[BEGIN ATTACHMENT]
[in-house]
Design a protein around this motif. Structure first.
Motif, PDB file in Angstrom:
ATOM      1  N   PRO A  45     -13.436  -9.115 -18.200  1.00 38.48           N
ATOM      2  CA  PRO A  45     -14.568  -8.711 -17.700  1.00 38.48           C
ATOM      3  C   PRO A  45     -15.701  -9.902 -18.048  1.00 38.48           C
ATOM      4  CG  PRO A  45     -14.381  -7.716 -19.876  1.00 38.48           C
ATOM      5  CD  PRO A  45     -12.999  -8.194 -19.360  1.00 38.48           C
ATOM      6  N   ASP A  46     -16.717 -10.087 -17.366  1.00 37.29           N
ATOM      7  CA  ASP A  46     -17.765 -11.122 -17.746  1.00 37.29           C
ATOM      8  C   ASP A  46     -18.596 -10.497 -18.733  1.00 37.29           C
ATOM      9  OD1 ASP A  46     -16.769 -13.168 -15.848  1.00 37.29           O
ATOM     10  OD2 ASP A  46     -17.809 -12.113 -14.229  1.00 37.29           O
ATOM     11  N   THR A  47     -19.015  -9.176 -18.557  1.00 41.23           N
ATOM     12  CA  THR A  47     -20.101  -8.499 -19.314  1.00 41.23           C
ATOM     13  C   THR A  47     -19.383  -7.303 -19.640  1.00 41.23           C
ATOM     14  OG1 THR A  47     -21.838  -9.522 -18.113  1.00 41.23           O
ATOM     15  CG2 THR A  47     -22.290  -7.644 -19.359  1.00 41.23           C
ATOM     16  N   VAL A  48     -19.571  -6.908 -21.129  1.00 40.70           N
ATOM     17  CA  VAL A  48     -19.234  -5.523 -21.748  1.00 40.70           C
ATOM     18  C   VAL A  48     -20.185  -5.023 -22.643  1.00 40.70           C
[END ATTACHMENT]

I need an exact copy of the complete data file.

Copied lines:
[in-house]
Design a protein around this motif. Structure first.
Motif, PDB file in Angstrom:
ATOM      1  N   PRO A  45     -13.436  -9.115 -18.200  1.00 38.48           N
ATOM      2  CA  PRO A  45     -14.568  -8.711 -17.700  1.00 38.48           C
ATOM      3  C   PRO A  45     -15.701  -9.902 -18.048  1.00 38.48           C
ATOM      4  CG  PRO A  45     -14.381  -7.716 -19.876  1.00 38.48           C
ATOM      5  CD  PRO A  45     -12.999  -8.194 -19.360  1.00 38.48           C
ATOM      6  N   ASP A  46     -16.717 -10.087 -17.366  1.00 37.29           N
ATOM      7  CA  ASP A  46     -17.765 -11.122 -17.746  1.00 37.29           C
ATOM      8  C   ASP A  46     -18.596 -10.497 -18.733  1.00 37.29           C
ATOM      9  OD1 ASP A  46     -16.769 -13.168 -15.848  1.00 37.29           O
ATOM     10  OD2 ASP A  46     -17.809 -12.113 -14.229  1.00 37.29           O
ATOM     11  N   THR A  47     -19.015  -9.176 -18.557  1.00 41.23           N
ATOM     12  CA  THR A  47     -20.101  -8.499 -19.314  1.00 41.23           C
ATOM     13  C   THR A  47     -19.383  -7.303 -19.640  1.00 41.23           C
ATOM     14  OG1 THR A  47     -21.838  -9.522 -18.113  1.00 41.23           O
ATOM     15  CG2 THR A  47     -22.290  -7.644 -19.359  1.00 41.23           C
ATOM     16  N   VAL A  48     -19.571  -6.908 -21.129  1.00 40.70           N
ATOM     17  CA  VAL A  48     -19.234  -5.523 -21.748  1.00 40.70           C
ATOM     18  C   VAL A  48     -20.185  -5.023 -22.643  1.00 40.70           C